Rockville prepares for annual regatta blowout

Michael Sosnowski (left) drives a post to hold caution tape to keep cars full of Rockville Regatta party goers from running over the family well pump. Patrick Thompson holds it steady.

ROCKVILLE -- The post driver is an old pecan log with a stout steel pole for a handle. A single, soft thump tells all you need to know about how this staid boating community handles the annual party-til-you-drop invasion of its regatta today.

Michael Sosnowski's grandfather made the mallet; it's a piece of family history. On Friday, Sosnowski and friend Patrick Thompson were out in the yard along Bohicket Creek, pounding home posts in the quiet live oak shade. They'll run police tape down the dirt drive the length of the yard, to keep an expected swarm of friends' cars from pulling too far onto the grass and running over the family well pump.

"They do it every year. We try as hard we can to make sure we have water for the weekend," Sosnowki said. They used to run fencing, but gave it up. "They break down whatever we put up anyway."

The Rockville Regatta is a 120-year-old Wadmalaw Island family tradition. It's become an icon, the final race of a party-hearty Lowcountry regatta season, the home waters of the one-of-kind Sea Island One design boats that will take part.

Its reputation has all but overwhelmed it. Starting on Friday afternoon, the cruisers show up and take the prime spots in the shallows behind the orange float spectator buoys strung for two miles down the creek. By 9 a.m. today, Grayson Carter IV's mom will be calling him from her West Ashley home to tell him there's a line of crafts coming out Elliott's Cut that looks like Interstate-95, and it's headed for him.

Carter is commodore of the Sea Island Yacht Club; from its creekfront veranda the regatta will be run. From that veranda, he'll see spectator boats tied together or jostling on top of each other, sometimes four and five deep, herded by wildlife officers and Charleston sheriff's deputies in patrol boats.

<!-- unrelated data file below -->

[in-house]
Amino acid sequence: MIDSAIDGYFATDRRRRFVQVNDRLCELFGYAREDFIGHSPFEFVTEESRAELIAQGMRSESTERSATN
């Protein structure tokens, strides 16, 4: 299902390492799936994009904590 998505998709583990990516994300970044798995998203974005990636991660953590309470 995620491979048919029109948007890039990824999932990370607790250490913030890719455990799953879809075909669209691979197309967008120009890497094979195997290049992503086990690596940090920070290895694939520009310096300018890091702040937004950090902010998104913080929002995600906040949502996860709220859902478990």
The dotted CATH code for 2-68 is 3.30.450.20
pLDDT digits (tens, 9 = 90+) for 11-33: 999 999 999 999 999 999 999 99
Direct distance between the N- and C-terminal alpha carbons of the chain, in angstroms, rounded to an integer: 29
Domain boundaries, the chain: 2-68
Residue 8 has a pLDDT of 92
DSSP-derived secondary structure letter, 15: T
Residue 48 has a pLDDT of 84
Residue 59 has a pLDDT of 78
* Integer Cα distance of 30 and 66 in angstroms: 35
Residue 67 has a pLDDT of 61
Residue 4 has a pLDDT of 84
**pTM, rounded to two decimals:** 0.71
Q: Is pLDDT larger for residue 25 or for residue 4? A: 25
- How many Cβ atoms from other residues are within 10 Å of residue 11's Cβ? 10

The boaters will be drinking, a lot. They'll be leaping into the water from boat to boat. There will be loud music.

"When the tide drops and boats aren't properly anchored all hell breaks loose," Carter said. "You never heard such fussin' and cussin' in your life."

While boaters swelter and scream in the buoyed-off, no-man's water along the regatta, families in the community will be strolling patio to patio and partying in the shade. Friday morning, they were already getting ready. Bill Fowler and his folks were trying to figure out shrimp -- how much they'll need to serve shrimp salad all weekend.

"Rope sausage, corn on the cob, cole slaw, Rockville traditions, lots of beer and wine," he said.

"It's just a hoo-rah weekend. It's like another Fourth of July," resident Jackie Clarksaid. Her preparations involve baking a lot of peach cobbler. "I love it. I invite everybody to park in my yard. I put up flags all over the place. We hop house to house for the porch parties."

But no, she won't go out on the water. That's for the young people, she said. Most others in the community draw the same line -- feast under the cool leaves and leave the broiling waters to the younger, stranger partiers.

When Sosnowski -- shirtless, wearing swim trunks and shades -- hears that, he grins. Sure, he'll be out there. With a horde of friends.

"That fits all of us," he said.